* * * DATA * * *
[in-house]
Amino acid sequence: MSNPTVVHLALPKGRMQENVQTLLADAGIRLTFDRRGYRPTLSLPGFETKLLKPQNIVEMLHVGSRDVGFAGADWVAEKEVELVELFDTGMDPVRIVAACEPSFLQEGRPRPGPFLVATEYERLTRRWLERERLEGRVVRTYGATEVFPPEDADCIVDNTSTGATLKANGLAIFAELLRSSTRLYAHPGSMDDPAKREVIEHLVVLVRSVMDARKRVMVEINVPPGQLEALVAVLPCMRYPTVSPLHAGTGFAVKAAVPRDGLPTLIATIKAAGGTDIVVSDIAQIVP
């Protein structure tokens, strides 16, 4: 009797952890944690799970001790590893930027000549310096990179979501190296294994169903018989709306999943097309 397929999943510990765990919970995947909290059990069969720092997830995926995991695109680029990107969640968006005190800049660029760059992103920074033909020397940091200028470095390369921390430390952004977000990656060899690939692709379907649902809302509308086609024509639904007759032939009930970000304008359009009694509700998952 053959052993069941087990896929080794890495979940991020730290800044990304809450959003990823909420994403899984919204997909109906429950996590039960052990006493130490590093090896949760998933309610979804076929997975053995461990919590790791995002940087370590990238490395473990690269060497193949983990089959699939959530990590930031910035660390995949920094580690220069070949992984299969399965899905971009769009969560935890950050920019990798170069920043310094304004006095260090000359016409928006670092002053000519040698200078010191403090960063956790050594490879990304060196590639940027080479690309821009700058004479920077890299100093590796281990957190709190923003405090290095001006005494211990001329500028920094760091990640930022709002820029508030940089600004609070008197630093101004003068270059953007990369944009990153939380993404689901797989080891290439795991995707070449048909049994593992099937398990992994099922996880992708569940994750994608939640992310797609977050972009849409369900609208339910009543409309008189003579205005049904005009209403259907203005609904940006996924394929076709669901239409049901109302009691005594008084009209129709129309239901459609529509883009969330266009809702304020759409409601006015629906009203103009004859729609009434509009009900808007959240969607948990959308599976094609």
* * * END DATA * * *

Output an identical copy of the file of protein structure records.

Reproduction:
[in-house]
Amino acid sequence: MSNPTVVHLALPKGRMQENVQTLLADAGIRLTFDRRGYRPTLSLPGFETKLLKPQNIVEMLHVGSRDVGFAGADWVAEKEVELVELFDTGMDPVRIVAACEPSFLQEGRPRPGPFLVATEYERLTRRWLERERLEGRVVRTYGATEVFPPEDADCIVDNTSTGATLKANGLAIFAELLRSSTRLYAHPGSMDDPAKREVIEHLVVLVRSVMDARKRVMVEINVPPGQLEALVAVLPCMRYPTVSPLHAGTGFAVKAAVPRDGLPTLIATIKAAGGTDIVVSDIAQIVP
């Protein structure tokens, strides 16, 4: 009797952890944690799970001790590893930027000549310096990179979501190296294994169903018989709306999943097309 397929999943510990765990919970995947909290059990069969720092997830995926995991695109680029990107969640968006005190800049660029760059992103920074033909020397940091200028470095390369921390430390952004977000990656060899690939692709379907649902809302509308086609024509639904007759032939009930970000304008359009009694509700998952 053959052993069941087990896929080794890495979940991020730290800044990304809450959003990823909420994403899984919204997909109906429950996590039960052990006493130490590093090896949760998933309610979804076929997975053995461990919590790791995002940087370590990238490395473990690269060497193949983990089959699939959530990590930031910035660390995949920094580690220069070949992984299969399965899905971009769009969560935890950050920019990798170069920043310094304004006095260090000359016409928006670092002053000519040698200078010191403090960063956790050594490879990304060196590639940027080479690309821009700058004479920077890299100093590796281990957190709190923003405090290095001006005494211990001329500028920094760091990640930022709002820029508030940089600004609070008197630093101004003068270059953007990369944009990153939380993404689901797989080891290439795991995707070449048909049994593992099937398990992994099922996880992708569940994750994608939640992310797609977050972009849409369900609208339910009543409309008189003579205005049904005009209403259907203005609904940006996924394929076709669901239409049901109302009691005594008084009209129709129309239901459609529509883009969330266009809702304020759409409601006015629906009203103009004859729609009434509009009900808007959240969607948990959308599976094609």